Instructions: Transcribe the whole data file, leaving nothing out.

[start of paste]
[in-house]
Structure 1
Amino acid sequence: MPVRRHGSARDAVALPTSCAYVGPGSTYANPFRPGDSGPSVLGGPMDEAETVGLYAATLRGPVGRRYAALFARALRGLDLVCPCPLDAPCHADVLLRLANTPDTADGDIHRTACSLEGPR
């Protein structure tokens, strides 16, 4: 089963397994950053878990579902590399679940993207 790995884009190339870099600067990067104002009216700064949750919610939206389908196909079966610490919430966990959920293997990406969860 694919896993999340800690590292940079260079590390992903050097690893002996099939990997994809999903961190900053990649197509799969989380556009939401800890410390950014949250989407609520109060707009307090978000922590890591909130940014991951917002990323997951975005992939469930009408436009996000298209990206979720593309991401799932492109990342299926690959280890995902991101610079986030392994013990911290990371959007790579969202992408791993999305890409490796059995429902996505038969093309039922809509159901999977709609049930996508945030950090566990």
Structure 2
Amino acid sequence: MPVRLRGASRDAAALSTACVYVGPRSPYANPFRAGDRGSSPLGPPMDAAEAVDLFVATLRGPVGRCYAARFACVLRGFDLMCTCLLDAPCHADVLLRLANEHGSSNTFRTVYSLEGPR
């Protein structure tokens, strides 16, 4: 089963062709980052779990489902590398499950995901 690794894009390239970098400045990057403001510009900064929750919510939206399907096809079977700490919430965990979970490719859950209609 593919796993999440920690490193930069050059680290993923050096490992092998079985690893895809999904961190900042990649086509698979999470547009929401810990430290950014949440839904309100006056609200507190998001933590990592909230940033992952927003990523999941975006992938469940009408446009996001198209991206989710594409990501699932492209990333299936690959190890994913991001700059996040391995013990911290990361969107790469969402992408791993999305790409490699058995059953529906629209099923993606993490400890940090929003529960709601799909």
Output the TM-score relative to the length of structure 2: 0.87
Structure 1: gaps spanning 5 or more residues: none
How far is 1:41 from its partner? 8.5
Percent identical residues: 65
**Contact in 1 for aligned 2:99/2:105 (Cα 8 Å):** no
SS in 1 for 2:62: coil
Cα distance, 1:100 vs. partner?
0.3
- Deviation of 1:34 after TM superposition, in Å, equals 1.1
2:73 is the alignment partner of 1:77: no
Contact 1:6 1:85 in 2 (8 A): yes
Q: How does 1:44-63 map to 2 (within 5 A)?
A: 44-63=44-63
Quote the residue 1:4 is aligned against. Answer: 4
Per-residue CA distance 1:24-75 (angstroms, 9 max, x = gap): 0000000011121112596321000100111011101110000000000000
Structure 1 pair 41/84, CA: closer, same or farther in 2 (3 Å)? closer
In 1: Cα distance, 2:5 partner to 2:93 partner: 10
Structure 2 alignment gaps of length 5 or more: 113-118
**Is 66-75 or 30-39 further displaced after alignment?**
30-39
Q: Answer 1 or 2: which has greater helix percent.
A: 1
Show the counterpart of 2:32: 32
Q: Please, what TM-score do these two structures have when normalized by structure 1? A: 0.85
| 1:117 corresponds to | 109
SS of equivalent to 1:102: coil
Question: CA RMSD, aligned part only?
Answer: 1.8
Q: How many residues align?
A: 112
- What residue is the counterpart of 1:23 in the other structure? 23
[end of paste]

[in-house]
Structure 1
Amino acid sequence: MPVRRHGSARDAVALPTSCAYVGPGSTYANPFRPGDSGPSVLGGPMDEAETVGLYAATLRGPVGRRYAALFARALRGLDLVCPCPLDAPCHADVLLRLANTPDTADGDIHRTACSLEGPR
């Protein structure tokens, strides 16, 4: 089963397994950053878990579902590399679940993207 790995884009190339870099600067990067104002009216700064949750919610939206389908196909079966610490919430966990959920293997990406969860 694919896993999340800690590292940079260079590390992903050097690893002996099939990997994809999903961190900053990649197509799969989380556009939401800890410390950014949250989407609520109060707009307090978000922590890591909130940014991951917002990323997951975005992939469930009408436009996000298209990206979720593309991401799932492109990342299926690959280890995902991101610079986030392994013990911290990371959007790579969202992408791993999305890409490796059995429902996505038969093309039922809509159901999977709609049930996508945030950090566990």
Structure 2
Amino acid sequence: MPVRLRGASRDAAALSTACVYVGPRSPYANPFRAGDRGSSPLGPPMDAAEAVDLFVATLRGPVGRCYAARFACVLRGFDLMCTCLLDAPCHADVLLRLANEHGSSNTFRTVYSLEGPR
């Protein structure tokens, strides 16, 4: 089963062709980052779990489902590398499950995901 690794894009390239970098400045990057403001510009900064929750919510939206399907096809079977700490919430965990979970490719859950209609 593919796993999440920690490193930069050059680290993923050096490992092998079985690893895809999904961190900042990649086509698979999470547009929401810990430290950014949440839904309100006056609200507190998001933590990592909230940033992952927003990523999941975006992938469940009408446009996001198209991206989710594409990501699932492209990333299936690959190890994913991001700059996040391995013990911290990361969107790469969402992408791993999305790409490699058995059953529906629209099923993606993490400890940090929003529960709601799909």
Output the TM-score relative to the length of structure 2: 0.87
Structure 1: gaps spanning 5 or more residues: none
How far is 1:41 from its partner? 8.5
Percent identical residues: 65
**Contact in 1 for aligned 2:99/2:105 (Cα 8 Å):** no
SS in 1 for 2:62: coil
Cα distance, 1:100 vs. partner?
0.3
- Deviation of 1:34 after TM superposition, in Å, equals 1.1
2:73 is the alignment partner of 1:77: no
Contact 1:6 1:85 in 2 (8 A): yes
Q: How does 1:44-63 map to 2 (within 5 A)?
A: 44-63=44-63
Quote the residue 1:4 is aligned against. Answer: 4
Per-residue CA distance 1:24-75 (angstroms, 9 max, x = gap): 0000000011121112596321000100111011101110000000000000
Structure 1 pair 41/84, CA: closer, same or farther in 2 (3 Å)? closer
In 1: Cα distance, 2:5 partner to 2:93 partner: 10
Structure 2 alignment gaps of length 5 or more: 113-118
**Is 66-75 or 30-39 further displaced after alignment?**
30-39
Q: Answer 1 or 2: which has greater helix percent.
A: 1
Show the counterpart of 2:32: 32
Q: Please, what TM-score do these two structures have when normalized by structure 1? A: 0.85
| 1:117 corresponds to | 109
SS of equivalent to 1:102: coil
Question: CA RMSD, aligned part only?
Answer: 1.8
Q: How many residues align?
A: 112
- What residue is the counterpart of 1:23 in the other structure? 23